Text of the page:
3 Butte bowlers in contention at State Tournament
Following Week 4 of the Montana State Bowling Tournament, three Butte bowlers find themselves among the leaders in their respective divisions.
The Doubles C Division duo of Vern Kingston Sr. and Cory Lean, who last week took the lead with a score of 1,538, are now in second place after the Helena duo of William Puknat and Nat Carter topped their score by rolling a 1,598 to take the lead by 60 pins over the boys from Butte.
Shaun Medina is the other Mining City bowler currently among the Top-5 in his respective division. Medina, who was not among the leaders following Week 3, has vaulted up to second place in the B Handicapped Division, totaling 2,267 pins, 62 back of the leader, and just four pins back of second place.
The event is taking place at Sleeping Giant Lanes in Helena.
Butte High tennis matches in Bozeman cancelled
Butte High's tennis matches against Missoula Sentinel and Missoula Hellgate in Bozeman scheduled for Tuesday morning and afternoon were cancelled due to inclement weather in the Bozeman area.
No makeup date was announced.
The Bulldogs' next matches are scheduled for Thursday, also in Bozeman, against Helena Capital and Helena High at 8 a.m.
Manziel indicted on charges for alleged attack on ex-girlfriend
DALLAS (AP) — Former Cleveland Browns quarterback Johnny Manziel was indicted by a grand jury on Tuesday on a misdemeanor charge stemming from a domestic violence complaint by his ex-girlfriend.
The 2012 Heisman Trophy winner and Texas A&M star was accused by ex-girlfriend Colleen Crowley of hitting her and threatening to kill her during a night out on Jan. 30. Crowley said in court documents that Manziel struck her so hard that she temporarily lost hearing in one ear.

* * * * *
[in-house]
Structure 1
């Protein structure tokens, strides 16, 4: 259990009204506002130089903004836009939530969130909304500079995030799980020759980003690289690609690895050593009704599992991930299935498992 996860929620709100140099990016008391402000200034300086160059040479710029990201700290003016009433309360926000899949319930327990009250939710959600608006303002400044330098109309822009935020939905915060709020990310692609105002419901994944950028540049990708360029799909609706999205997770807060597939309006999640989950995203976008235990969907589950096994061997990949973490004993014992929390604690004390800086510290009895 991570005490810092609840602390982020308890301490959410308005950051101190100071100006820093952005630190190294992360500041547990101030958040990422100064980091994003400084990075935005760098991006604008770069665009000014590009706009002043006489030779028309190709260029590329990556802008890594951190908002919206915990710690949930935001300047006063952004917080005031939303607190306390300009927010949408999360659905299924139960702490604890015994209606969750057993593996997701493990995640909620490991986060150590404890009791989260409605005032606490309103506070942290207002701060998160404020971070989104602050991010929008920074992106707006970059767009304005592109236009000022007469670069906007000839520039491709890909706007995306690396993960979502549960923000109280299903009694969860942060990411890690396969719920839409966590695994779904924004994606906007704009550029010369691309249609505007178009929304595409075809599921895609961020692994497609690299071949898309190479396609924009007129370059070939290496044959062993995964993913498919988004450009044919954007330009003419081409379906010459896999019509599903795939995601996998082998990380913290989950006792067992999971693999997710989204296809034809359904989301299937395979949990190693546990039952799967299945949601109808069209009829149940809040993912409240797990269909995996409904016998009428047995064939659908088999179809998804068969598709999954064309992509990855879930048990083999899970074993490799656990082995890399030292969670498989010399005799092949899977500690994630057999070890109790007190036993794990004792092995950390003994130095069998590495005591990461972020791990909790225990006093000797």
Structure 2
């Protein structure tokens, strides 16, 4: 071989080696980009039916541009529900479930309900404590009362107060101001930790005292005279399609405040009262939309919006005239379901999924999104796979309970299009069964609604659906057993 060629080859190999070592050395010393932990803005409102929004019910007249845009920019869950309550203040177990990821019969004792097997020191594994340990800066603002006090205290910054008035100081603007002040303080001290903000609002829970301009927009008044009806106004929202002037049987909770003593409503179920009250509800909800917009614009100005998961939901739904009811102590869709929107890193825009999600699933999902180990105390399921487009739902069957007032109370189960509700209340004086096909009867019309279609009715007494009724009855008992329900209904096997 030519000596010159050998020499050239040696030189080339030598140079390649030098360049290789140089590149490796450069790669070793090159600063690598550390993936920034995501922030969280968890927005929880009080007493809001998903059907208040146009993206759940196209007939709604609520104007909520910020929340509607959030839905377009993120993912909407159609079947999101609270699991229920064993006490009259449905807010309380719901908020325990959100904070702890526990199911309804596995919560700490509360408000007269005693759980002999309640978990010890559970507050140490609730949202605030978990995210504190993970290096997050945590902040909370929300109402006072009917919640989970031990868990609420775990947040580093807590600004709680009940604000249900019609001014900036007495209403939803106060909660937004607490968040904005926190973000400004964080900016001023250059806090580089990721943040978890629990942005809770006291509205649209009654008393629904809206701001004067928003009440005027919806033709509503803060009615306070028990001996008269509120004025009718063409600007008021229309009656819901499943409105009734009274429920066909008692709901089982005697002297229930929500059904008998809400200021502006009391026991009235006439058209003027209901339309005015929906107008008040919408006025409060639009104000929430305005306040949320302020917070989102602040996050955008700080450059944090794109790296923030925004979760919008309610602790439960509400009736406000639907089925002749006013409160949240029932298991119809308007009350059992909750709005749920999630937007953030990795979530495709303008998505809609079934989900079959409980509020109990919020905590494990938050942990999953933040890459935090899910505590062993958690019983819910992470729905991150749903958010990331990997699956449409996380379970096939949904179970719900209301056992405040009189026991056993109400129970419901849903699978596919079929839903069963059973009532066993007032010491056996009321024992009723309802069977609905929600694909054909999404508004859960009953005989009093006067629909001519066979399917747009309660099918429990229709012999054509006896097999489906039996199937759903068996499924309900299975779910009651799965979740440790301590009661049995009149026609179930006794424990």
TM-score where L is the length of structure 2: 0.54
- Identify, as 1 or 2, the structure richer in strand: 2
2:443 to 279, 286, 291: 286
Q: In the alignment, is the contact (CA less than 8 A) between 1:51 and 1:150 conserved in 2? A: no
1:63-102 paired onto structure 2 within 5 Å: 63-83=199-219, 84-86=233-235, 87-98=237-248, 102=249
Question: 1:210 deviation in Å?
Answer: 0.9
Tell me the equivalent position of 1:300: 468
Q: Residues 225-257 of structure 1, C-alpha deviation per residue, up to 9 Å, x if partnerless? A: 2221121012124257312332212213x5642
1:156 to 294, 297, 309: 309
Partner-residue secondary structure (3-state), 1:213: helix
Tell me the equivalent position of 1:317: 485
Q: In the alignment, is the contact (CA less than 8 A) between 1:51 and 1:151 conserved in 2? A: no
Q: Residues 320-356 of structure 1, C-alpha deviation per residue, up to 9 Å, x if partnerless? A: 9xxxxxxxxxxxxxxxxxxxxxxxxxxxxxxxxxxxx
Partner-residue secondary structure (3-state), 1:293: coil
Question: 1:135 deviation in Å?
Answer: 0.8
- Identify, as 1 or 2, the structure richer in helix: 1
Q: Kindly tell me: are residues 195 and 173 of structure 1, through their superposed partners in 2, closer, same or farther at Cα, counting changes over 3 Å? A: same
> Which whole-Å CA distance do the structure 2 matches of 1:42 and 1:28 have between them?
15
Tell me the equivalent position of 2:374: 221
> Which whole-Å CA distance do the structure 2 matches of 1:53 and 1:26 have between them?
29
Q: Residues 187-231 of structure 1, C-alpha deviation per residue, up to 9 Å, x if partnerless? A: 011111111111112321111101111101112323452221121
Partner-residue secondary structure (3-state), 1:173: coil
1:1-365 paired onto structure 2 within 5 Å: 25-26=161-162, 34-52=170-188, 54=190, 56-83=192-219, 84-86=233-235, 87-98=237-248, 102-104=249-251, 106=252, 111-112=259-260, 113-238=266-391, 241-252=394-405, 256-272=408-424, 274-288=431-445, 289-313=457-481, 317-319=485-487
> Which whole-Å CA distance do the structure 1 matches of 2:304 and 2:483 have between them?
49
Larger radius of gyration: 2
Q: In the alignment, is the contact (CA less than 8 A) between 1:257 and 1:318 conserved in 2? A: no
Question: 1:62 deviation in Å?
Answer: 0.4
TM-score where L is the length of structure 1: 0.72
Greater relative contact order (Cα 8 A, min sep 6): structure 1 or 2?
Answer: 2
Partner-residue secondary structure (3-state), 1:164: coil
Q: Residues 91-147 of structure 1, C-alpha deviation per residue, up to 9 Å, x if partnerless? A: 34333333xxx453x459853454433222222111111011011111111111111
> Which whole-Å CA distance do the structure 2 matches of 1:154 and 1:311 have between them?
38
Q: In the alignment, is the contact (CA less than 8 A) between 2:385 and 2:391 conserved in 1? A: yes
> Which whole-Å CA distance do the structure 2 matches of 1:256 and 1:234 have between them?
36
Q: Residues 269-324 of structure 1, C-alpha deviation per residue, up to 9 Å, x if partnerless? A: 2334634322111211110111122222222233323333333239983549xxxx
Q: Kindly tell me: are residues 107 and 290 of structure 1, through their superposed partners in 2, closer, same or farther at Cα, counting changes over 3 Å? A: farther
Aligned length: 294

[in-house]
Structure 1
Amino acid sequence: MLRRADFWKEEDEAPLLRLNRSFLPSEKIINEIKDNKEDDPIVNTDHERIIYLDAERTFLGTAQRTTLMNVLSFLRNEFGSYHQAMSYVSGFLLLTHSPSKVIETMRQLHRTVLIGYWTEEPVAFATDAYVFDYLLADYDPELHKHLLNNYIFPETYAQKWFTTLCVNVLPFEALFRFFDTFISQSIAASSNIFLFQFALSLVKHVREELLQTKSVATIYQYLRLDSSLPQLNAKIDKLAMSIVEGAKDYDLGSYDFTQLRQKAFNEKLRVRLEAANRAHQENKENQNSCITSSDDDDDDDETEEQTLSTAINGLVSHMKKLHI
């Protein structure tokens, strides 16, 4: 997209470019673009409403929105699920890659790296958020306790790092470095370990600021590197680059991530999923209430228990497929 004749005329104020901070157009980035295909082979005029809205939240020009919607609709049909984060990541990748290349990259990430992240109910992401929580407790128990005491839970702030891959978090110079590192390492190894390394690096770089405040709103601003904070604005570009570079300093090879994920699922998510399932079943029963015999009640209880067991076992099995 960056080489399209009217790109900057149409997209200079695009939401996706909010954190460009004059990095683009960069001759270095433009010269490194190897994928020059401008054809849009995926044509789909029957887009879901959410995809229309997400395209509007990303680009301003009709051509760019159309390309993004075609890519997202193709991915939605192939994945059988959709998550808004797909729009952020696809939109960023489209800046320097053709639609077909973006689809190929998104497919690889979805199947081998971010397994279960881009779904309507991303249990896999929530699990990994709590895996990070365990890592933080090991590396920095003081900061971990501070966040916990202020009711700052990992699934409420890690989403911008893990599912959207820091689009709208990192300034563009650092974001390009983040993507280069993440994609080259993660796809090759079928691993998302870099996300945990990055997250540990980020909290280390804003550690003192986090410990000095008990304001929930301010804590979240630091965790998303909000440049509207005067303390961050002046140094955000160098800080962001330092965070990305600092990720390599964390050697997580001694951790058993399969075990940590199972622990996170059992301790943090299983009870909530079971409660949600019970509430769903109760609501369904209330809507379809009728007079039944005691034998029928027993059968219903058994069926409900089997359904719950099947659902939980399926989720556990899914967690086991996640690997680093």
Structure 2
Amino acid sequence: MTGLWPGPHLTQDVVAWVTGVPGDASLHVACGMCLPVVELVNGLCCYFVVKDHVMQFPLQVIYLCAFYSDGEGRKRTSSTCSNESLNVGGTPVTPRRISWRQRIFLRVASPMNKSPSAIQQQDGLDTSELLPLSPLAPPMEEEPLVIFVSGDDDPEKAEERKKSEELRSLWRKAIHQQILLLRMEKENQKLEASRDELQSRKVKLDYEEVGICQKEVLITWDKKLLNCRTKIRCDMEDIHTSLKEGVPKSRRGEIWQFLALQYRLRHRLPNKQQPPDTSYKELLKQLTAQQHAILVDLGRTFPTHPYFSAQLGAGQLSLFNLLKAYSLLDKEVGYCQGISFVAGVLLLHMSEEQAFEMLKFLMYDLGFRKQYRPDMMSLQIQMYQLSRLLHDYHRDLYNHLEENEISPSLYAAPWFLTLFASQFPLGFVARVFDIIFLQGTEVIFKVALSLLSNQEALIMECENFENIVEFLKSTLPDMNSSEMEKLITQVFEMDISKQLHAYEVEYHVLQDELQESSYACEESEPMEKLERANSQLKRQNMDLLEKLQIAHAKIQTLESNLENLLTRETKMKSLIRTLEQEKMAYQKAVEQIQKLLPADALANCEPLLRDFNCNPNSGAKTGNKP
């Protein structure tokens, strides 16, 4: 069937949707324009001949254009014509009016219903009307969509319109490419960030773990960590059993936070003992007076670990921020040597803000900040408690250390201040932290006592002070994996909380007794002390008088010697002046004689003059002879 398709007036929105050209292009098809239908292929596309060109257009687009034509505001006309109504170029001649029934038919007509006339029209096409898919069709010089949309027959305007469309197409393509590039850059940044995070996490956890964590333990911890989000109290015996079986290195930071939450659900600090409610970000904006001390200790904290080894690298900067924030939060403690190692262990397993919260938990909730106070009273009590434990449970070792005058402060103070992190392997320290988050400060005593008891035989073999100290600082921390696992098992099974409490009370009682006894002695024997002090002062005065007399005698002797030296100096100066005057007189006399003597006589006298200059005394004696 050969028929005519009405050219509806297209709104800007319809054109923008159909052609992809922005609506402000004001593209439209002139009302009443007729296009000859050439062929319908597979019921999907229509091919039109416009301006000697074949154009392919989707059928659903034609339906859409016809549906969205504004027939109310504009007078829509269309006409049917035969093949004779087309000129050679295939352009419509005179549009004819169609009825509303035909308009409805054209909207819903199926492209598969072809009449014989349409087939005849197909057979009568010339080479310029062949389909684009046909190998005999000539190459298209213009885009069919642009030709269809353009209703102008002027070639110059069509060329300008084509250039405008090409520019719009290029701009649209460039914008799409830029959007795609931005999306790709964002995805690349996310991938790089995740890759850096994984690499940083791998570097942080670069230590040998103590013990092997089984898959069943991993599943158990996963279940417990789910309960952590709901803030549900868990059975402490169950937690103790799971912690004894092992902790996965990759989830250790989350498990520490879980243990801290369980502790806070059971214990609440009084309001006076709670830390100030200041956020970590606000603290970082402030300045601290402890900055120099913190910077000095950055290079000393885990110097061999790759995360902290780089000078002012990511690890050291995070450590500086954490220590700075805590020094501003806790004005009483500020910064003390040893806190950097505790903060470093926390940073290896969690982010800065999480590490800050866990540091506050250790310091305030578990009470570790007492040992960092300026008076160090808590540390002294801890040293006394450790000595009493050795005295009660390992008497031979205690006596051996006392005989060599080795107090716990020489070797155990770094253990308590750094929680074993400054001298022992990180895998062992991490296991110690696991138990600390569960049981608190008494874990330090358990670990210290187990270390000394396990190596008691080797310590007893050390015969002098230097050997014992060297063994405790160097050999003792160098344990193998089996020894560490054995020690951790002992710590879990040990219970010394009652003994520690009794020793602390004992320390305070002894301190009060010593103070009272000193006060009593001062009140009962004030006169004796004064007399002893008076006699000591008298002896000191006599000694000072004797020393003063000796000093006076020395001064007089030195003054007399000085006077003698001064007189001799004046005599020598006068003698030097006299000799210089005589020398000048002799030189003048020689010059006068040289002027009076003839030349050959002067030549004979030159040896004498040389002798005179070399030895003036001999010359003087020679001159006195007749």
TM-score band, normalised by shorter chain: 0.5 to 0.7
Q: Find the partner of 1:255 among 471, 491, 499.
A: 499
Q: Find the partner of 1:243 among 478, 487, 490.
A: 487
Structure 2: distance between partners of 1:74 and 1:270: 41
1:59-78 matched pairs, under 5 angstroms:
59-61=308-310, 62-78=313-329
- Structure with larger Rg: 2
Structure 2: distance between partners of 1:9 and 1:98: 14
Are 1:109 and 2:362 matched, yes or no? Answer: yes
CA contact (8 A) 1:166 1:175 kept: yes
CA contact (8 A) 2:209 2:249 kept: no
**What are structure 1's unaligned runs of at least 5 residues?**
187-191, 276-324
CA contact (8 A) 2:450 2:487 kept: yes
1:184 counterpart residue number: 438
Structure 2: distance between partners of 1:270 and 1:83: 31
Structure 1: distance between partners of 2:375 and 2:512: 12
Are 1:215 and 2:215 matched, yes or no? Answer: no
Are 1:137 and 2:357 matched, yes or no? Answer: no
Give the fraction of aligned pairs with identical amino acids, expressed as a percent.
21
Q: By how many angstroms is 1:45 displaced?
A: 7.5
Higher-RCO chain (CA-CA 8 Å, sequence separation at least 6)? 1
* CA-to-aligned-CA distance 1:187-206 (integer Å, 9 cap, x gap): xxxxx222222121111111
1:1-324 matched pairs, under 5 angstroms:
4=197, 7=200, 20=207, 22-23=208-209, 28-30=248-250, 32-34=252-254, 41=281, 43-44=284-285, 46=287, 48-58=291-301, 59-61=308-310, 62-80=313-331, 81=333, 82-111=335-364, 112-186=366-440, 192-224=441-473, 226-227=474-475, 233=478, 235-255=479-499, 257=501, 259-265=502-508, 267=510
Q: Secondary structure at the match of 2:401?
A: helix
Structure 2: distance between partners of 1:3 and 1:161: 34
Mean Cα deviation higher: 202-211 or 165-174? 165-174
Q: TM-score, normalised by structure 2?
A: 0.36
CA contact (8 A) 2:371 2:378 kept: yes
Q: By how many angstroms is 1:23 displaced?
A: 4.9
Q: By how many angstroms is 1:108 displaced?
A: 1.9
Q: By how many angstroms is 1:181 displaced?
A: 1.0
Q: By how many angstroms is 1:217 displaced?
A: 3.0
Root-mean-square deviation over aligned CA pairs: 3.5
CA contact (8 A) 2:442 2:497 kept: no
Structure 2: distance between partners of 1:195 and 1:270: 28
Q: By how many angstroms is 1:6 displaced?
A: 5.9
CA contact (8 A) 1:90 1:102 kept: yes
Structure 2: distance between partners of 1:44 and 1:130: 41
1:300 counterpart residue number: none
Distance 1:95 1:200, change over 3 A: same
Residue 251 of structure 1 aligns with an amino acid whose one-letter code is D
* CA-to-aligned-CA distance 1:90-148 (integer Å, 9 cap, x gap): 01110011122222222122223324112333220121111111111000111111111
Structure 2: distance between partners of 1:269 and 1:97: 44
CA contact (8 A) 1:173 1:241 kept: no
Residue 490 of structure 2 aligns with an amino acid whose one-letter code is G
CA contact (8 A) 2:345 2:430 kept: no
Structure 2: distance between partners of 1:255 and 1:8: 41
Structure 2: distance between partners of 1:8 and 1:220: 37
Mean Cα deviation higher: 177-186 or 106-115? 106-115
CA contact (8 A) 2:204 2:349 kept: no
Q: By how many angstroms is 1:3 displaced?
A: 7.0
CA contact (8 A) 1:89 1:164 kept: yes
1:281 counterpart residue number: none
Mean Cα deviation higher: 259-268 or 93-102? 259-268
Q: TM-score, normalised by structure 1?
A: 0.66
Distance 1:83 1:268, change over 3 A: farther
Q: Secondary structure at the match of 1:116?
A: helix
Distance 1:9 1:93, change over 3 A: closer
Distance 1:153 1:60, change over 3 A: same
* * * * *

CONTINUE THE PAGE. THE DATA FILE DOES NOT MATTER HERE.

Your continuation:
The indictment accuses Manziel of striking Crowley and "forcing (her) into a vehicle and against a vehicle dashboard."
Manziel faces a charge of misdemeanor assault related to family violence, which carries up to one year in jail and a $4,000 fine.
Jury blames police, clears fans in 1989 soccer disaster
WARRINGTON, England (AP) — The families of 96 Liverpool soccer fans who were crushed to death at a crowded stadium in 1989 declared they had finally won justice Tuesday after a jury found that police and emergency services were to blame for Britain's worst sports disaster.
The jury exonerated the behavior of the crowd, saying it did not contribute to the tragedy at Hillsborough Stadium in Sheffield, England, and that the victims were "unlawfully killed."
Relatives who had waged a tireless campaign to protect the reputation of their loved ones leapt to their feet outside a specially built courtroom, cheering and weeping, when the verdicts were announced. They chanted, "Justice for the 96!" and sang the Liverpool soccer club's anthem, "You'll Never Walk Alone."
The original inquest recorded verdicts of accidental death, something the families of the victims refused to accept. Those verdicts were overturned in 2012 after a far-reaching inquiry into the disaster that examined previously secret documents and exposed the wrongdoing and mistakes by police.
Owners of Pistons, Cavs trying to bring MLS to Detroit
DETROIT (AP) — Detroit Pistons owner Tom Gores and Cleveland Cavaliers owner Dan Gilbert are teaming up to try to bring a Major League Soccer team to downtown Detroit.
MLS says Commissioner Don Garber will be in Detroit on Wednesday for meetings with the potential ownership group, and there's a news conference scheduled for that day. Garber recently said Detroit was a candidate to get a team.
Gores and Gilbert, both of whom graduated Michigan State, said in a joint statement: "Detroit is rising and we know firsthand the power of sports to lift a community and drive a civic renaissance. We are very excited about the prospect of bringing Major League Soccer to Detroit and building an ownership group that represents a cross-section of investors."